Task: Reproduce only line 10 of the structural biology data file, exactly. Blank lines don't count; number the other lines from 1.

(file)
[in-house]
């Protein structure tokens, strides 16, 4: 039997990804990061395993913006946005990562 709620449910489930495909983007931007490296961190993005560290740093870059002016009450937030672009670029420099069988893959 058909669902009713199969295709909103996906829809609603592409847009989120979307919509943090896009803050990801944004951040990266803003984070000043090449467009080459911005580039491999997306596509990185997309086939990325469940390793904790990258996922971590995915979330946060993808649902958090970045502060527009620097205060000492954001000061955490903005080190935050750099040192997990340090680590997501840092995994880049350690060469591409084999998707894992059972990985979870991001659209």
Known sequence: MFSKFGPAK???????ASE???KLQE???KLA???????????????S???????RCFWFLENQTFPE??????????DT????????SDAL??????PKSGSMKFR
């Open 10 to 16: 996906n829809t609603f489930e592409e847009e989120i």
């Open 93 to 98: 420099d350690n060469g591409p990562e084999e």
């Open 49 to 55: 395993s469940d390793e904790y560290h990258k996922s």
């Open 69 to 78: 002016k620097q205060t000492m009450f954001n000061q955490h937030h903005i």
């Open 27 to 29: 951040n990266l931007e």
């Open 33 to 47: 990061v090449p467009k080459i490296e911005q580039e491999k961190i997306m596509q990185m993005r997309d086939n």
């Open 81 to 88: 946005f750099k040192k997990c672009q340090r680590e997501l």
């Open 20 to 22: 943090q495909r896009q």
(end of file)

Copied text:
């Open 81 to 88: 946005f750099k040192k997990c672009q340090r680590e997501l």